Torrential rains caused a major landslide and subsequent flooding in Hpakant, a mining area in northern Kachin State, Myanmar, on July 4. Officials say 24 people are dead, but figures remain unclear. About 1,000 people who have lost their homes have sought refuge in local monasteries and a school. The local 25-bed government hospital has received dozens of injured and part of the hospital has also been flooded.
Doctors Without Borders/Médecins Sans Frontières (MSF) runs a clinic to for patients living with HIV and other sexually-transmitted diseases in this area, and is now distributing relief items, including soap, blankets, and mosquito nets, as well as food donated by the World Food Program. MSF is also providing support to the government hospital through the provision of medical supplies, and continues to monitor the situation closely, especially the condition of water and sanitation, and are ready to respond as necessary.
Spread of HIV/AIDS persists in Kachin State, throughout Myanmar
At its northernmost reaches, Kachin State borders China and comprises thick jungle, along with Myanmar’s largest mountains. The region contains people from many different ethnic groups, as well as numerous migrant workers attracted by large jade mines. Health issues, notably HIV/AIDS, are fuelled by a prevalence of brothels and opium dens, and compounded by a lack of accessible and affordable health services.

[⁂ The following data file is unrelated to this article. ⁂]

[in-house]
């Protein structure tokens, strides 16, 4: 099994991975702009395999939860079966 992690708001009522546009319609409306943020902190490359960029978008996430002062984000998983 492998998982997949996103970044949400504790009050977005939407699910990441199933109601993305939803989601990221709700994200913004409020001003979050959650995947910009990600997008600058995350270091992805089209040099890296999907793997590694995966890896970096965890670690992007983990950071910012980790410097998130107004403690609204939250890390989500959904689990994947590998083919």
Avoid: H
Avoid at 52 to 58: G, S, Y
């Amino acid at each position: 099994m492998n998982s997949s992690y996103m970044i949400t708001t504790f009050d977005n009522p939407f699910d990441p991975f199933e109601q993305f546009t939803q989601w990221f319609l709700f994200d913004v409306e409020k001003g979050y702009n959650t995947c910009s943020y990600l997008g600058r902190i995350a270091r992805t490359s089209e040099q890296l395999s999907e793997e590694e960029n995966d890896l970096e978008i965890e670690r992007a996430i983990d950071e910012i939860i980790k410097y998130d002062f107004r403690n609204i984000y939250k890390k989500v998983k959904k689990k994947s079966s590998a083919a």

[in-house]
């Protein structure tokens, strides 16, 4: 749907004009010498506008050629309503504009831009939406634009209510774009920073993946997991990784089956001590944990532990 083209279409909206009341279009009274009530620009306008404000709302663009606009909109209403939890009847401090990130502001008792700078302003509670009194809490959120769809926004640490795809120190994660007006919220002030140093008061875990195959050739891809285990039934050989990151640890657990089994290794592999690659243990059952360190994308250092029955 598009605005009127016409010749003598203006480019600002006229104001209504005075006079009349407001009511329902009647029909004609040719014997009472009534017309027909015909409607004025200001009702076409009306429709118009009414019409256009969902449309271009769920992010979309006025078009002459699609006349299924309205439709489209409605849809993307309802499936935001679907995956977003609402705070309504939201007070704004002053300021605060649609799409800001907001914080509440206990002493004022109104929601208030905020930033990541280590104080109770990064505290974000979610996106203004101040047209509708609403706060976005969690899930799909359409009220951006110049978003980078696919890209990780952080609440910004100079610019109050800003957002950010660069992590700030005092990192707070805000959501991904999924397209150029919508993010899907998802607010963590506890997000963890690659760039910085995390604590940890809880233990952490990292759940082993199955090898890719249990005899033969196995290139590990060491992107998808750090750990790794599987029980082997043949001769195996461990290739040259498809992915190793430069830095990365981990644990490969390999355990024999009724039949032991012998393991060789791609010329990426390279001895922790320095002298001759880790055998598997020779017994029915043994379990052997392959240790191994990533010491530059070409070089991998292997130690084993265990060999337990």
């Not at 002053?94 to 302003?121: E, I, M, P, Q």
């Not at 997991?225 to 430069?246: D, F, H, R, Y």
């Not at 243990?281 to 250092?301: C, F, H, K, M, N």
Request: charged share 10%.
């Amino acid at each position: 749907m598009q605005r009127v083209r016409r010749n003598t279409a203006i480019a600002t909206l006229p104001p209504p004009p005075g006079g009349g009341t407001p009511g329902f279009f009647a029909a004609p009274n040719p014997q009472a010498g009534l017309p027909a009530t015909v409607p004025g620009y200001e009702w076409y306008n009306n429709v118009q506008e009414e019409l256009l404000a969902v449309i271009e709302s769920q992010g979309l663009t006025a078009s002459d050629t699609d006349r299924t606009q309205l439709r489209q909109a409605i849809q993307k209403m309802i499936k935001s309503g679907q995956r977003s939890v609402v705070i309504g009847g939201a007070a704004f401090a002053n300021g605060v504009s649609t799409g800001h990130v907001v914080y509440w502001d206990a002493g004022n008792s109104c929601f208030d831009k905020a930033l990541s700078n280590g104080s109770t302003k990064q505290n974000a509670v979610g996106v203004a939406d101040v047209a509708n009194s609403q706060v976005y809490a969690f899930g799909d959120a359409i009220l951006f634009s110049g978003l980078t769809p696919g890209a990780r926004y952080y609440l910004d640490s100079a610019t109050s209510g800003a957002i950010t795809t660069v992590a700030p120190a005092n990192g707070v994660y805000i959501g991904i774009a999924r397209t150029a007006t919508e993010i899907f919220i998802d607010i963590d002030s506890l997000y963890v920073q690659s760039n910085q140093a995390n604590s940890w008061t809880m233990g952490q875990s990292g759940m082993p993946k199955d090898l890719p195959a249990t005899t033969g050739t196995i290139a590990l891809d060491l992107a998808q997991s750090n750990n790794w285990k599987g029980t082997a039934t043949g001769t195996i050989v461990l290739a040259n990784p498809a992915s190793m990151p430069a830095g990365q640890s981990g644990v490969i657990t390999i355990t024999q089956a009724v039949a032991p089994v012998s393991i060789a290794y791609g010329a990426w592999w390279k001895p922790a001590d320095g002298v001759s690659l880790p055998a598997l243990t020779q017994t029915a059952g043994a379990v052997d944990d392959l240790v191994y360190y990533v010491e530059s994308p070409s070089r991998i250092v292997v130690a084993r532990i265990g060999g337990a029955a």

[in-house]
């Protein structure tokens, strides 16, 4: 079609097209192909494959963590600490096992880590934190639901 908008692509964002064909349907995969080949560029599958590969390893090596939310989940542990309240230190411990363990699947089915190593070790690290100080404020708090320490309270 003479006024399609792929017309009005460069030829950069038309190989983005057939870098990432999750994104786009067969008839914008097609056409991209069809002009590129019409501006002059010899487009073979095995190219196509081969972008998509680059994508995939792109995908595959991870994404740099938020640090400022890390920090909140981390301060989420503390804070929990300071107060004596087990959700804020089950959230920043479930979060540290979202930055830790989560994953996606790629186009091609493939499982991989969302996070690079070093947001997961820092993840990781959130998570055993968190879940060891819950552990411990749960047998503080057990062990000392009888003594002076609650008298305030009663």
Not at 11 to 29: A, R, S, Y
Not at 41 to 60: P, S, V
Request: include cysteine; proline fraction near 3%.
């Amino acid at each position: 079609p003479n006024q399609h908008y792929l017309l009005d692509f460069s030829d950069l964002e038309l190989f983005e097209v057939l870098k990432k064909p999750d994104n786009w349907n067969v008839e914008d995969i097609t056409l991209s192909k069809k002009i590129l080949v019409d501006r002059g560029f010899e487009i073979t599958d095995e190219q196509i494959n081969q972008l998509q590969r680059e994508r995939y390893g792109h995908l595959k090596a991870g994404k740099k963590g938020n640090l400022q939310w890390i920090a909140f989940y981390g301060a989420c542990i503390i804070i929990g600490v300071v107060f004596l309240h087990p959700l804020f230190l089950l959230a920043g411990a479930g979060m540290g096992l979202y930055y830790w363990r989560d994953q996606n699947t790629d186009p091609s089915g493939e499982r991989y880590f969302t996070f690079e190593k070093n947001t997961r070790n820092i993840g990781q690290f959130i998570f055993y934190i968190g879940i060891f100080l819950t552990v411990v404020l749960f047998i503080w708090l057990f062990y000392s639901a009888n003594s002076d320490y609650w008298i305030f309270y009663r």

MSF runs eight clinics and numerous mobile clinics providing services in HIV/AIDS care, treatment and prevention activities such as harm-reduction for intravenous drug users, treatment for reproductive tract infection, tuberculosis, and malaria, as well as health education.
The situation for many people living with HIV in Myanmar is critical due to a severe lack of lifesaving antiretroviral treatment (ART). MSF currently provides ART to more than 11,000 people. That is the majority of all available treatment countrywide, but only a small fraction of what is urgently needed.
An estimated 240,000 people are currently infected with HIV in Myanmar. Of these, 76,000 are in urgent need of ART, but less than 20 percent of them receive it. Those who receive ART do so through the combined efforts of MSF, other international non-governmental organizations (NGOs) and the Government of Myanmar. For the remaining people, the private market offers little assistance as the most commonly used first-line treatment costs the equivalent of a month’s average wage. The lack of accessible treatment resulted in 25,000 AIDS-related deaths in 2007 and a similar number of people are expected to suffer the same fate this year, unless HIV/AIDS services—most importantly the provision of ART—are urgently scaled-up.
The Government of Myanmar and the international community need to mobilize quickly in order to address this situation. Currently, the government spends a mere 0.3 percent of the gross domestic product on health—the lowest amount worldwide—a small portion of which goes to HIV/AIDS. Likewise, overseas development aid for Myanmar is the second lowest per capita worldwide and few of the big international donors provide any resources to the country. Yet, 189 member states of the United Nations, including Myanmar, endorsed the Millennium Development Goals, including the aim to “achieve universal access to treatment for HIV/AIDS for all those who need it, by 2010.” As it stands, this is a far cry from becoming a reality in Myanmar.